We’re also watching Roadkill. In the US, it’s on Masterpiece (PBS). It’s always fun watching Hugh Laurie as a bad guy, and it was fun to see the female Danish prime minister from Borgen in it, too. We’ve watched 3 of the 4 episodes.

Walking by the River, the Morning After

Joe Biden was declared the winner–

across the river, they danced in the streets
and horns honked. Here, it was quiet,
geese sailed serenely; their own squabbles settled
with brief in-your-face trumpeting and posturing—perhaps
not so different, as they fall into formation–and yet,
I watch them take turns leading, caring for each other,
soaring in a victory V, circling. Then
as dawn laughs, and the water blushes,
the horizon, foreshortened, expands,
Philadelphia emerges from the fog, the sky
much bluer than it was.

I missed Peter’s dVerse prompt on Tuesday to write poetry bearing witness to our local neighborhood, so I’m linking to the dVerse Open Link Night, where Linda is hosting.

The Light I see

Monday Morning Musings:

I dream poems
of misty November mornings
and blue rivers tinged with shimmery pink,

Dreamy. Foggy November morning. Delaware River at Red Bank Battlefield. ©️Merril D. Smith 2020

of wine-dark skies, I drink
from half-full glasses filled with hope
and watch opalescent glow breaking bright–

last night, I dreamt of glass-ceilings shattered–
not store-front windows–
of people raised, not battered

in coordinated terror, fleeing sharp shards
of cutting hate, and the coming conflagration to annihilate–
but I dream not of bonfire flash and ashes,

of books and people burned, but autumn peace,
watching the sun sink behind russet leaves,
knowing the flaming eaves are an illusion,

William Heritage Winery

without any confusion, simply beauty,
the way it should be.
And so, my poetry dreams

lucid, drifting through timeless place,
with pellucid water rippling through space and time-
expanding circles

Ripples, a stone tossed into the river on a misty morning. Delaware River at Red Bank Battlefield. ©️Merril D. Smith 2020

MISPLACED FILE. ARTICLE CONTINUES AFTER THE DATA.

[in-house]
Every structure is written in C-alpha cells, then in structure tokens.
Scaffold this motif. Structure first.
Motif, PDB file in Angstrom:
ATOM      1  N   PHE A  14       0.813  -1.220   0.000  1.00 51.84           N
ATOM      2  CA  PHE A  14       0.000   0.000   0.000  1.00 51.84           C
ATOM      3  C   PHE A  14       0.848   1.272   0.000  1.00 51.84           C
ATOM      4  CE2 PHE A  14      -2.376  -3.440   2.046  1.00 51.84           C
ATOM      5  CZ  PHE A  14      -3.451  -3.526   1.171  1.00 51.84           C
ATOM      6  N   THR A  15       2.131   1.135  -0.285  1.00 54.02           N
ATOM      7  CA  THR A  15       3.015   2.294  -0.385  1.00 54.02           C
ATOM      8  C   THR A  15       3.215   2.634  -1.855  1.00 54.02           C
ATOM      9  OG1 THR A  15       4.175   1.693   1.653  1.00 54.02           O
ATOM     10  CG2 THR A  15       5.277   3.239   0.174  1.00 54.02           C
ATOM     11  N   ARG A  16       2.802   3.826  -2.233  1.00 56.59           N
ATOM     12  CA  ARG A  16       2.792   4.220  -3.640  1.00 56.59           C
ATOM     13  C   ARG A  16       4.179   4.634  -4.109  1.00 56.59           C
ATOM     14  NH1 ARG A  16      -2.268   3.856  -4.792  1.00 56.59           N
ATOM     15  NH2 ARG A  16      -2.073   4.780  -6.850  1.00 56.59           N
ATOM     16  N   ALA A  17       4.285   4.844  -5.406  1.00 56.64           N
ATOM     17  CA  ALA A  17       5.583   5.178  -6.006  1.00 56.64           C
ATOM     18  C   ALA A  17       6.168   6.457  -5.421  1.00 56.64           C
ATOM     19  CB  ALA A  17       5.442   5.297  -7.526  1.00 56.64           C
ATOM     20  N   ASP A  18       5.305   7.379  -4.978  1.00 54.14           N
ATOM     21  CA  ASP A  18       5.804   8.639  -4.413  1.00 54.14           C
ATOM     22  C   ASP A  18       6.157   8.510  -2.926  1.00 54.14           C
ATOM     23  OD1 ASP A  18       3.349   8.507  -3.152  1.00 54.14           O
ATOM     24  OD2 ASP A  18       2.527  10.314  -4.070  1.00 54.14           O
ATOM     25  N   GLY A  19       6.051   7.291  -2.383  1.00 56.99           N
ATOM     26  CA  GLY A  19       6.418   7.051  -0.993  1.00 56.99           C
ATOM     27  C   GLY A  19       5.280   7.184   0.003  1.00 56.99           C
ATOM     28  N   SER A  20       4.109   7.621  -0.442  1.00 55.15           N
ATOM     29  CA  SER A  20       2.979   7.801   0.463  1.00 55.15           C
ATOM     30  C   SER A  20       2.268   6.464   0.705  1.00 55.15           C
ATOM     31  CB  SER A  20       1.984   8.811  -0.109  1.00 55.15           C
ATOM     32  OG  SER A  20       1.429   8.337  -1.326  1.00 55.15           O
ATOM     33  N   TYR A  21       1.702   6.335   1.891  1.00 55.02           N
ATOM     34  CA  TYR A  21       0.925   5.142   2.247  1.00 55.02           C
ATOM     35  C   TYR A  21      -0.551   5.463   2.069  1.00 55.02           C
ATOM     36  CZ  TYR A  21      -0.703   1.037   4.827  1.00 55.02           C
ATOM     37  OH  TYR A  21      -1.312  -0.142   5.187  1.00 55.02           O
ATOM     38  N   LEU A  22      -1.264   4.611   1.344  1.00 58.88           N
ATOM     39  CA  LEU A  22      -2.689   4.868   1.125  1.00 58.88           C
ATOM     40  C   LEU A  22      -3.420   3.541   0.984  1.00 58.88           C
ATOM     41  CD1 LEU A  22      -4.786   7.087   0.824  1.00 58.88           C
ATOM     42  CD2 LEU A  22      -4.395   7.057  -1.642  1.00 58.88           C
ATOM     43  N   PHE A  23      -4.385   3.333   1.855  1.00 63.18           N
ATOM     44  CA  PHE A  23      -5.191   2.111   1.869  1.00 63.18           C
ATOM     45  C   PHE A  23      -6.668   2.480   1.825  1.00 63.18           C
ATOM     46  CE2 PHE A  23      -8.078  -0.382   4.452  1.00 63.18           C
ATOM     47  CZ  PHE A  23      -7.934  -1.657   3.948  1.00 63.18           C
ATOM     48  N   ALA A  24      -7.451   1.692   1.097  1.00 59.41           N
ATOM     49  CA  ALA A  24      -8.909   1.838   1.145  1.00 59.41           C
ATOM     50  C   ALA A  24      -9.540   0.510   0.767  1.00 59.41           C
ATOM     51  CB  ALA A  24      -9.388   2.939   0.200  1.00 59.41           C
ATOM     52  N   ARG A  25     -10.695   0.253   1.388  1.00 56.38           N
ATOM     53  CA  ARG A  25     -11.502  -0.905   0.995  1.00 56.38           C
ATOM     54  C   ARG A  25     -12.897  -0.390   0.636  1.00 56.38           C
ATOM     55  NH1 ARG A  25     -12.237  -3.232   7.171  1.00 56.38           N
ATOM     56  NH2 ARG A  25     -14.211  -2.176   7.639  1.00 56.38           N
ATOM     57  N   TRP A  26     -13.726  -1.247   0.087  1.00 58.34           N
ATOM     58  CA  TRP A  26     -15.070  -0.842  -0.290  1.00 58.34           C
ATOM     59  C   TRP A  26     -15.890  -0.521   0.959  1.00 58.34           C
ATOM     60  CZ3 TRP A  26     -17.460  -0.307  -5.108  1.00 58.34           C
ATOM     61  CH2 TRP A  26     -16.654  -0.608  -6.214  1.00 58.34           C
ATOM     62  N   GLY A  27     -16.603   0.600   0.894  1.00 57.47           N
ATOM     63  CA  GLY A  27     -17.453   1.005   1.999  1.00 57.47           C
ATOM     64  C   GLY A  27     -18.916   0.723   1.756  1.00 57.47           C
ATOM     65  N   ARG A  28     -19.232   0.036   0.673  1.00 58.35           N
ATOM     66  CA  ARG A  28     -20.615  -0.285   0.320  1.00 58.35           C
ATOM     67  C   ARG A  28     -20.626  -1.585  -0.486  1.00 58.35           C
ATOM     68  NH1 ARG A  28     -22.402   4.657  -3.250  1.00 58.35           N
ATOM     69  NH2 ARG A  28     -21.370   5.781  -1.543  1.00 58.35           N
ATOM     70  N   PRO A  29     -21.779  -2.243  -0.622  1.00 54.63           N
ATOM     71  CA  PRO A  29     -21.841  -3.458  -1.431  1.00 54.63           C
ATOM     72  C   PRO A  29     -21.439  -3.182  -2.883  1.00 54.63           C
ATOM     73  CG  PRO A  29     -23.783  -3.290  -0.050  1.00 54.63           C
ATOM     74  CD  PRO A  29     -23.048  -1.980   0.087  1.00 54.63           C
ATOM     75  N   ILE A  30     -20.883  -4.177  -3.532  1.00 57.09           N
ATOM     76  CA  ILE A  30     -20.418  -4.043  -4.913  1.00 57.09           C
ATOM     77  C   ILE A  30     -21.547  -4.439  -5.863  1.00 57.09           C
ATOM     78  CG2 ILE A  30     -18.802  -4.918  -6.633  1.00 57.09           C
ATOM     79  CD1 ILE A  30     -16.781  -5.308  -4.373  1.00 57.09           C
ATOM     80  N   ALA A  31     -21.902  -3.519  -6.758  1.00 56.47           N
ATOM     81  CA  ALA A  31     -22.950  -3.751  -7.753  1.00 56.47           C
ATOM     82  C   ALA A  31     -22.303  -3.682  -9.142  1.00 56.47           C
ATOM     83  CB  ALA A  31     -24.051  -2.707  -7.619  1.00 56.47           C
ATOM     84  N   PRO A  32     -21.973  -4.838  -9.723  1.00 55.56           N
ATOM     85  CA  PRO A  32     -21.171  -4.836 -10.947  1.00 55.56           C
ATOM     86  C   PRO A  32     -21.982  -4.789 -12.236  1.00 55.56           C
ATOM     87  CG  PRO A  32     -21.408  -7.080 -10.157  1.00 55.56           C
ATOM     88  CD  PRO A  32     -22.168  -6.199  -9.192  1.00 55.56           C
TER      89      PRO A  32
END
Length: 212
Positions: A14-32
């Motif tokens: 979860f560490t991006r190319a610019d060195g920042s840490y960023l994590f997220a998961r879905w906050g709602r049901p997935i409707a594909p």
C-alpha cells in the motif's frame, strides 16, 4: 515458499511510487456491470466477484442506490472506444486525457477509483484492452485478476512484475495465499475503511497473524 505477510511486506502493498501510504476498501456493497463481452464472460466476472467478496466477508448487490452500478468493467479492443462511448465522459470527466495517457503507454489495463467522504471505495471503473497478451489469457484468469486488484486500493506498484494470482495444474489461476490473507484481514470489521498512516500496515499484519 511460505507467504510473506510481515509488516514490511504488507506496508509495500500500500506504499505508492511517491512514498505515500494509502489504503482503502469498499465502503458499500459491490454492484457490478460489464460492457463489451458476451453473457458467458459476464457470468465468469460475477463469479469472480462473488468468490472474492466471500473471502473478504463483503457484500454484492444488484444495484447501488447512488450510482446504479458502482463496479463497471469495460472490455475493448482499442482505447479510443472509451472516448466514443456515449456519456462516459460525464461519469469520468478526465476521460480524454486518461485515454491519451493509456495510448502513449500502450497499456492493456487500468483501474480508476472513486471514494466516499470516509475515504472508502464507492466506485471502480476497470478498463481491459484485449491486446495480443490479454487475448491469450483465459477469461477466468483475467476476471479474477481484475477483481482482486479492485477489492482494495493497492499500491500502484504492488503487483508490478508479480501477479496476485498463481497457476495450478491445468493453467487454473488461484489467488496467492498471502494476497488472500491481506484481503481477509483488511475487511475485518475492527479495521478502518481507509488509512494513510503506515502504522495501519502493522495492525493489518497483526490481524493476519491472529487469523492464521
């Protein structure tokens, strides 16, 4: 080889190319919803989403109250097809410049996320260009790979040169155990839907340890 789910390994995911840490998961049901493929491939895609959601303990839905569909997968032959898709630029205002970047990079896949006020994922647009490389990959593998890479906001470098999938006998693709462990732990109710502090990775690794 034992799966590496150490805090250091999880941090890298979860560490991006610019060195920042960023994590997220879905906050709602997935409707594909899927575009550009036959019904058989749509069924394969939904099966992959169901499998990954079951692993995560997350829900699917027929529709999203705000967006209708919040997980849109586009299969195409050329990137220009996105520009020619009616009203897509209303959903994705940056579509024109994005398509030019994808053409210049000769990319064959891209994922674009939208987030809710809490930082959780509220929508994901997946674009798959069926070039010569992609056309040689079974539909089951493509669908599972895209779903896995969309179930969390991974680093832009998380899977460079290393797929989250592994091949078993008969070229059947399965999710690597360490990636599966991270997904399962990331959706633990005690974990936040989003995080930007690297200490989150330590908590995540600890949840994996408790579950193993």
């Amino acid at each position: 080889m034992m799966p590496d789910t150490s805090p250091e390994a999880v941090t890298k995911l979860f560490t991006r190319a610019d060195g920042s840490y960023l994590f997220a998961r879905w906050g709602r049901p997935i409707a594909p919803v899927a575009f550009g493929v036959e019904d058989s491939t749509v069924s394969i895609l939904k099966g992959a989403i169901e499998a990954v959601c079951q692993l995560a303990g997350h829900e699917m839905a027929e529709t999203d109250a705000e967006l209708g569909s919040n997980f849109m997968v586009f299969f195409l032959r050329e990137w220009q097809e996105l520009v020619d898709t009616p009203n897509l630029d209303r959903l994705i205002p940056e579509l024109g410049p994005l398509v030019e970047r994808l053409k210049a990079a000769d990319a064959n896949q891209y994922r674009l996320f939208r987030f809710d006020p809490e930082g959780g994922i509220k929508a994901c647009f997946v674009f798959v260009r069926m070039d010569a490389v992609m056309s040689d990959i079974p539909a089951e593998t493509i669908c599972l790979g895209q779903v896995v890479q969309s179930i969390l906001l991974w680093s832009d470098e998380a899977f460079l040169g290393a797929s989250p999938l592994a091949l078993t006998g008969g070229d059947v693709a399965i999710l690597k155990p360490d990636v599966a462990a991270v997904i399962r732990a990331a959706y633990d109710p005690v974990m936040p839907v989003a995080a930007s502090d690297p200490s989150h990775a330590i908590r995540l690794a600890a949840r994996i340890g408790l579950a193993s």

that never end, from sand to horizon,
rising whispers to stars and sea, see me–
the light burns through fog to capture shadows and gild the trees.

My shadow caught in a tree.

So, I guess this is really meta, since I really did dream poems last night of misty November mornings and blue rivers.
Today is the anniversary of Kristallnacht (Night of crystal), November 9-10, 1938, also called the Night of Broken Glass when Nazis and supporters carried out pogroms on the Jewish population and businesses in Germany and annexed areas. You can read more here.

Probably everyone reading this knows that Joe Biden is now the official president-elect of the US, and Kamala Harris is the first woman, first Black woman, and first Asian woman in the US to become vice-president elect of the US. We listened to them speak on Saturday night, and I was particularly moved by Harris’s speech.

Merril’s Movie Club: Prior to the listening to the speeches, we watched the movie, Sometimes Always Never, a sweet, quirky little movie starring Bill Nighy as a father searching for his lost son who vanished during a Scrabble game years before. There is a lot about Scrabble and words in the film. We both enjoyed it, but definitely not for the action, blockbuster crowd. It’s on Amazon.

We have had unseasonably warm days, and we managed to get reservations for outdoor wineries twice this week, William Heritage Winery, and the Auburn Road Winery Wine Garden at Hill Creek Farms. I’m afraid we may go into lockdowns soon, and even if we don’t, I won’t be sitting indoors, so I thought we’d enjoy it while we can.

Watching, Waiting

Delaware River at Red Bank Battlefield, November. ©️ Merril D. Smith, 2020

Ask am I crushed?
Ugly tongues and the elaborate-haired fiddler screech,
while the dead cry in a thousand aching hearts

~but dream shadows sing in blue, waking~

I watching the light whispering if
to pink-shimmered water,
recalling how time flows, after moon to sun

The Oracle always knows. Just as I was about to post this, news came that Joe Biden will be our next president! YES!

Serenity

In shadowed mood, I river-walk
see heron in the gloaming-light,
and deer that shyly peer, then sprint
in white-flashed flight to rock-strewn beach.

Is this happiness, or calm release
of anger stored, of finding peace
in the susurrous wind sighs–
a promise, hope’s rise.

Lillian has asked us to use the word happy–or some form of it–in a quadrille for dVerse. It usually makes me feel better when I take a walk, and especially if I see “my” heron or some deer.